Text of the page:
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Rail bosses postpone talks over natural beauty 'blight'

Network Rail has delayed a series of public exhibitions where it planned to reveal how it will improve the look of electrification gantries at the so-called "Goring Gap" an area of Outstanding Natural Beauty in Oxfordshire.

Local people say they have "ruined the local area" and are demanding they are replaced.

The gantries carry electric wires to power a new fleet of Hitachi trains with bullet style technology.

Public exhibitions were due to start later this month.

The Government owned company say they want to work with the local community to minimise the impact but more design work is needed and it is better to consult when a full range of options are available.

The company say the £5.7 billion project will revolutionise travel with faster journeys and cleaner and greener electric trains.

Fury over plans to sell off part of Sussex Downs

Campaigners have been protesting in Brighton against the proposed sale of two historic downland sites, four miles from its borders.

The land at Plumpton Hill and Poynings is among the 12,500 acres retained for the city through one of its founding fathers - Sir Herbert Carden - more than 100 years ago.

He hoped to preserve and protect the Sussex Downs for the benefit of its residents. But now the city wants to sell off some of that land in the hope of raising more than £1 million to help restore nearby Stanmer Park.

Andy Dickenson reports.


Charity and bakery lead charge to tackle £13billion 'food waste mountain'

An incredible £13 billion of edible food is being thrown away every year.

That's the staggering claim experts made after it was revealed our efforts to tackle food waste have stalled.

But a number of projects in Brighton are hoping to buck that trend. Andy Dickenson reports and speaks to Beth Parry of Fare Share, and Kitty Newbury from the Angel Food Bakery.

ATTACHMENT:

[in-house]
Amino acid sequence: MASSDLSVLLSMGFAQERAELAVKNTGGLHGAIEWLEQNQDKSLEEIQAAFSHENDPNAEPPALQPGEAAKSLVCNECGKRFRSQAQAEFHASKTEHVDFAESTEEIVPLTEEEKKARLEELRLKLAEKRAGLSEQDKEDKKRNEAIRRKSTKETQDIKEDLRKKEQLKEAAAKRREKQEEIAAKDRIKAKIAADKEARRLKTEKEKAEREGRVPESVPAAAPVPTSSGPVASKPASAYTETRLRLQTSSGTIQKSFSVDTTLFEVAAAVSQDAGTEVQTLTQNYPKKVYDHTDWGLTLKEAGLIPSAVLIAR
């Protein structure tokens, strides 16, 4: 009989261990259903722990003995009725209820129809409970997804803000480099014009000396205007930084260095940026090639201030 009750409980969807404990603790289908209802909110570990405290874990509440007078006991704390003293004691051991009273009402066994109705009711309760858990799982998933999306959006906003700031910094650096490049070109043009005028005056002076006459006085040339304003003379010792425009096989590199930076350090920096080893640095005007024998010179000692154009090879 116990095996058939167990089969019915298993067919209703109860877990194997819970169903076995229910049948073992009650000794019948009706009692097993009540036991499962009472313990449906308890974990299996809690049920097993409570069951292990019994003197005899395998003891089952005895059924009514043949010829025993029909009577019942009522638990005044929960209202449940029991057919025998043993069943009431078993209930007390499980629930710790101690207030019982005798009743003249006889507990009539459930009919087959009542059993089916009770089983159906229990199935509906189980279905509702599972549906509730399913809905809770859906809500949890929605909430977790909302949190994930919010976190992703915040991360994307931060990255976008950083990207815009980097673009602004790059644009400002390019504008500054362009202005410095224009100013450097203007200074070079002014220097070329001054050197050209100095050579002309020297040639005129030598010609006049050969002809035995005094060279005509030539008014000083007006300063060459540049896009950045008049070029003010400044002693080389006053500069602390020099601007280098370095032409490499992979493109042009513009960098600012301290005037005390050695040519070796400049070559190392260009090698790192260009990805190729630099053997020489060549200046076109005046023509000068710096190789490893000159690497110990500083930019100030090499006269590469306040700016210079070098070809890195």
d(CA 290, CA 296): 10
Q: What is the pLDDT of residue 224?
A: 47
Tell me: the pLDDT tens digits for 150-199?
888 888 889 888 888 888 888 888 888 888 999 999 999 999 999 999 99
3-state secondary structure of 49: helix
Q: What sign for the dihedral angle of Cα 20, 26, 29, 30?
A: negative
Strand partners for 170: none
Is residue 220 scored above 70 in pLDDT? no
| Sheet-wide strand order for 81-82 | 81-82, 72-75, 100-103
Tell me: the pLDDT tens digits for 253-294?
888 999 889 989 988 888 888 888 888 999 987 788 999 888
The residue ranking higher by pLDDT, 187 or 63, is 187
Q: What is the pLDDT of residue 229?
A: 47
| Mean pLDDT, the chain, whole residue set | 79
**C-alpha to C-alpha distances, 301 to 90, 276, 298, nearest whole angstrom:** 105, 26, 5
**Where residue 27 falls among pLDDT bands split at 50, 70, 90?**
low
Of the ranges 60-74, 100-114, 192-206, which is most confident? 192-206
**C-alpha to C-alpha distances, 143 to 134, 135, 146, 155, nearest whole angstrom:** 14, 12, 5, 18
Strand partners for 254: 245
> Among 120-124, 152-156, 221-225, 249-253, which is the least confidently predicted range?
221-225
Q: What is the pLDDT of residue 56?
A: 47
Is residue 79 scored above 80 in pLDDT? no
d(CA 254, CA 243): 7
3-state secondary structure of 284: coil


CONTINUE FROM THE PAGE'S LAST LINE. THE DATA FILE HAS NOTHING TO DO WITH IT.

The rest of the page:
Rescue teams in action as river floods roads

The streets of Newhaven in East Sussex were flooded after a tidal surge caused the river to burst its banks. Cars were partly submerged but no houses were flooded and there were no casualties. Police and fire officers, coastguards, the highways and environment agency were involved in the response.

Truck pushed out of flood water Credit: Eddie Mitchell
Cars submerged in flash flood Credit: Eddie Mitchell
Multi agency operation Credit: Eddie Mitchell

All flood warnings are due to be removed for the South-East. The Thames Barrier is set to close again today as a precautionary measure. Snow is expected in Kent between 8 and 10 tomorrow morning


Outbreak of bird flu at swannery in Dorset

Bird flu has returned to the historic Abbotsbury Swannery in Dorset tonight. The outbreak has been detected in nine mute swans - and it is feared that more could now be at risk.

The popular tourist attraction near Weymouth is currently closed to the public for the winter season. But bosses say every precaution is being taken to protect staff and prevent further spread.

The current strain of avian flu is a low risk to public health - but a wider outbreak could be catastrophic for poultry farmers across the South. Rachel Hepworth reports.

The interviewees are John Houston from the Abbotsbury Swannery; Ruth Wyatt, a Poultry farmer; and Nigel Gibbens the UK's Chief Veterinary Officer.

Bin collection dates to change in Reading

Collection dates will change Credit: ITV

Household refuse collections for people living in the Reading area are due to change next month. The Borough Council is to reorganise bin collection days for most of the 68,500 residents. The local authority wants to boost recycling rates and reduce the amount of landfill.

Turkeybergs: the unwelcome festive leftover

Festive dinners are having a negative impact on the South East's sewage network.

It's led to Southern Water, one of the region's biggest utility companies, to issue a plea to keep drains fat-free. The company warns that tipping fat, oil and grease down the sink causes problems as it cools into a hard concrete-like substance that can block drains and pipes.

At this time of year, basted birds and trimmings lead to what's been dubbed turkeybergs - a seasonal twist on the fatbergs blocking the south east's sewers.

Tony Green's been down beneath our town centre streets for a look at what's going wrong:

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